Consider it the Tahoe interiors episode of What Not to Wear—when designers Mat Sanders and Brandon Quattrone of Consort appear on the doorstep of a Westerny, wood-shingled home nestled in the trees on the east lakeshore and give rooms—formerly dressed in a taupy-brown, antler-accessorized wardrobe—a whole new look.
“We didn’t want the typical ski lodge vibe,” Quattrone says. “Instead, we wanted classic with a modern twist, a fashion-forward point of view.”
So too did Consort’s clients, a young family from Hermosa Beach, California, who bought the place for their vacation home. Built in the 1980s, it had been renovated, but the decor was straight out of a chain store—“not this family’s aesthetic,” Quattrone says. “They’re a colorful, fun, beachy family,” he says. “Our goal was to make the house reflect their personality—young and fresh, punchy and vibrant.”
That meant it was time to grab the paintbrushes. “When we walked in, everything was taupy brown,” Sanders says. “We changed that to give each room color to suit its mood.”
In the living room, chunky wood beams and a natural-stone fireplace wall already had the requisite rustic notes covered, so the designers whitewashed the rest of the space. “We wanted it to be white, bright, and airy,” Quattrone says.
When it comes to decorating, Sanders is fearless. When it comes to bears, not so much. “I run from the car to the house every time I’m here,” Sanders laughs. So for a bit of fun, a faux bear head became part of the gallery wall. The side table, a piece from the Consort shop, is a vintage find from the Rose Bowl flea market. In a former life, it was used to grind grain.
In contrast, they coated the home’s other gathering space, the former dining room, in rich blue. “The tone-on-tone gives it this deep den vibe,” Sanders says. “It’s a great place to chill.”
When a houseful of friends are here, though, the social magnet is a sequoia-size wood table snuggled into a corner of the kitchen.
“It’s enormous—it will seat 20 people,” Sanders says. “It’s where everyone gathers for coffee in the morning and a glass of wine at the end of the day. It’s really the heartbeat of the house.”
He and Quattrone traded out black vinyl upholstery on the cushions for blue outdoor fabric on benches to make the setting more inviting. The same fabric also was used in the banquette in an adjacent gathering spot under an antler chandelier that came with the house.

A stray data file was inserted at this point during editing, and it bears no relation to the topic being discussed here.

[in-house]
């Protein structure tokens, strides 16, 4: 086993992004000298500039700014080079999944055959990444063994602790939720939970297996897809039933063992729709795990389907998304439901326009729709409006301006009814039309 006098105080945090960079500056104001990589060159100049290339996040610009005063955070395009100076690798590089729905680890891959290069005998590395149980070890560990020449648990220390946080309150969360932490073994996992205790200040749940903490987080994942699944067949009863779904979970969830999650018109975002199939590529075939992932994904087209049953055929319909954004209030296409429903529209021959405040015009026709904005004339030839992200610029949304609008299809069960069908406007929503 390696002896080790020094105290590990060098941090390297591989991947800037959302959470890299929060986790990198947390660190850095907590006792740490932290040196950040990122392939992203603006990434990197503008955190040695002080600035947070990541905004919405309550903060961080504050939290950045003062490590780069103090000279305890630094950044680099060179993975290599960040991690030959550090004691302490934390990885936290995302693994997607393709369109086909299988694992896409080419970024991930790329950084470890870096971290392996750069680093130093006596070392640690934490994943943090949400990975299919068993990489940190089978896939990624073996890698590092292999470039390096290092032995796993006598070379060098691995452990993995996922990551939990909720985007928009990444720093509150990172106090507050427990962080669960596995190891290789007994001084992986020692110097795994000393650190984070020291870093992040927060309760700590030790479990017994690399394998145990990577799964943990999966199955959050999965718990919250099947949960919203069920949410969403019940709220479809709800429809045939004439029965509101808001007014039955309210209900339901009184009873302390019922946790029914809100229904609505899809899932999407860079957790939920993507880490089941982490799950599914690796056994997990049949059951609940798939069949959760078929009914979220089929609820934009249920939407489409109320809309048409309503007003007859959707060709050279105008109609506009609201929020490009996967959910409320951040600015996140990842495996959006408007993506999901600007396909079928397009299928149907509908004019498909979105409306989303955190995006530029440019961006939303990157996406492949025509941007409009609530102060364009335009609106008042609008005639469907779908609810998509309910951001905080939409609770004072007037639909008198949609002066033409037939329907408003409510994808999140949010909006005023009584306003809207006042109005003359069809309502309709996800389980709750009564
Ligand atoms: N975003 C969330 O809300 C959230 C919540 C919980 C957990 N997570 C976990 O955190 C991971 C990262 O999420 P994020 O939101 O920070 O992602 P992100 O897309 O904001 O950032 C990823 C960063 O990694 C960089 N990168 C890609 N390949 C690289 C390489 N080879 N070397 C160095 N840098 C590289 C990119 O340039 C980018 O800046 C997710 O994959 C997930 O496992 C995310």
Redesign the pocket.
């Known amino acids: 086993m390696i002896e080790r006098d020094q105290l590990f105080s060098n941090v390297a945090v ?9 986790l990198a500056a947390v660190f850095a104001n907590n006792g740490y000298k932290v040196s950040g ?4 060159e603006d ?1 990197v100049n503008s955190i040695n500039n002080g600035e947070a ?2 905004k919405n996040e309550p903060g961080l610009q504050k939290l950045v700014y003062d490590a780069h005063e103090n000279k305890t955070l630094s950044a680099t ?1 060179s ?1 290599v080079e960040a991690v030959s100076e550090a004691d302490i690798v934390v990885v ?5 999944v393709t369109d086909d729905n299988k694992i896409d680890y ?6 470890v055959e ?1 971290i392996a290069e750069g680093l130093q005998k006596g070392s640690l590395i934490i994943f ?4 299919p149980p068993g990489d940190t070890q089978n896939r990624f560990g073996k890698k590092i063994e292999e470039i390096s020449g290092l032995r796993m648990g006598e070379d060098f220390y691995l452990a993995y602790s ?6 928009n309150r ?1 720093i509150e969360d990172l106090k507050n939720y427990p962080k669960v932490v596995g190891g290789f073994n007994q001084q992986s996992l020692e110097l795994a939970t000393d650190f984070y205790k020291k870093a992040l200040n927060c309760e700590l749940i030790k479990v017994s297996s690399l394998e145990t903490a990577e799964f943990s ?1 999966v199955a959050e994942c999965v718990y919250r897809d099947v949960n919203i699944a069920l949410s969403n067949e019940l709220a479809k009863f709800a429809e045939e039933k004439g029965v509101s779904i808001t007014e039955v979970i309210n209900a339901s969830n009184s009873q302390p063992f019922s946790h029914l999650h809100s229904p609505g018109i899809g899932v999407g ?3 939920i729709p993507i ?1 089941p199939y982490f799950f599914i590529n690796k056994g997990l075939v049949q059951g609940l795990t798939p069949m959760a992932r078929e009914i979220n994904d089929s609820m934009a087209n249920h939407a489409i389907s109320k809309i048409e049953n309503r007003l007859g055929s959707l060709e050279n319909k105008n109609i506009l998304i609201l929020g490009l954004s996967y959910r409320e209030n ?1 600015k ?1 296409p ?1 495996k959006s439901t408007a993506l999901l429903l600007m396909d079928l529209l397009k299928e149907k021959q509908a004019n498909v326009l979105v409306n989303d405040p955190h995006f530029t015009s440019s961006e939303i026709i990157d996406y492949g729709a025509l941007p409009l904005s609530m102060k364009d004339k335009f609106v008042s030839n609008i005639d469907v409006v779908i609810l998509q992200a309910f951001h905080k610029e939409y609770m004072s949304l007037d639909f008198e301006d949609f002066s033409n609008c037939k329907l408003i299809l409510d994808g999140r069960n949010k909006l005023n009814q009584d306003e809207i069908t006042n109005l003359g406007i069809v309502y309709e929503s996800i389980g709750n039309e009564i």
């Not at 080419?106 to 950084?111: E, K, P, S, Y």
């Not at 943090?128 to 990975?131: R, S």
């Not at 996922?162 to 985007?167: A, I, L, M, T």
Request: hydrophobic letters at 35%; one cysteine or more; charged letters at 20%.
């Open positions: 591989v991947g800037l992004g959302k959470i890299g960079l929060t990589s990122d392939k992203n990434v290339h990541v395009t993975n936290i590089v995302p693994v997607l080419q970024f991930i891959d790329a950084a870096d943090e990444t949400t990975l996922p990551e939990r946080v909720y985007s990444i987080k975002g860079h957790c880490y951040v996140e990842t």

“We kept the antler fixture to maintain a bit of the classic Tahoe vibe, then paired it with the modern furniture we love,” Sanders says.
The designers gave the traditional kitchen a light, bright, and airy attitude with lots of fresh white and a few modern details, like the industrial-style pendants. “White cabinets and bright stone can make a kitchen,” Sanders says.
From the sleek table pulled up to the banquette to a Wegner-inspired chair in the living room to the leggy credenza in the master bedroom, midcentury-modern touches abound, mixing with rustic and traditional elements to achieve intriguing alchemy.
“This is my favorite room—lovely, airy, and neutral,” says Sanders, who’s always looking for alternatives to artwork above a bed. Here, he found it in the organic beauty of raw wood, crowning the tone-on-tone bed with a giant cross-section of a tree trunk.
“Everything we do is cutting-edge classic,” Quattrone says. “It’s timeless, livable, approachable, but it also has to be edgy and cool—and feel very collected. The most important thing for us is that every home we touch must tell the story of the people who live there.”
“I love it when a client wants to be bold,” Sanders says. “Here, we followed their wishes and piled pattern on pattern on pattern. Their kids are becoming teenagers—that means you have to be a little edgy.”
Tips of the Trade
Mat Sanders and Brandon Quattrone founded their L.A. design business, Consort, in 2014 and recently added a retail component offering their eclectic mix of vintage and new. Here’s how they bring a cutting-edge twist to classic design.
- Paint everything.Coating walls, ceilings, window frames and mullions, even details like rope trim, maintains a room’s classic architecture while injecting fresh attitude.
- Create contrast. Keep classic elements like rustic ceiling beams, but juxtapose them against modern furniture, color, and pattern.
- Get personal.Collected pieces make a house a home—and give it a signature look. Incorporate treasured family pieces, flea market finds, and fun new pieces that express your unique personality.
Photography: Matt Sartain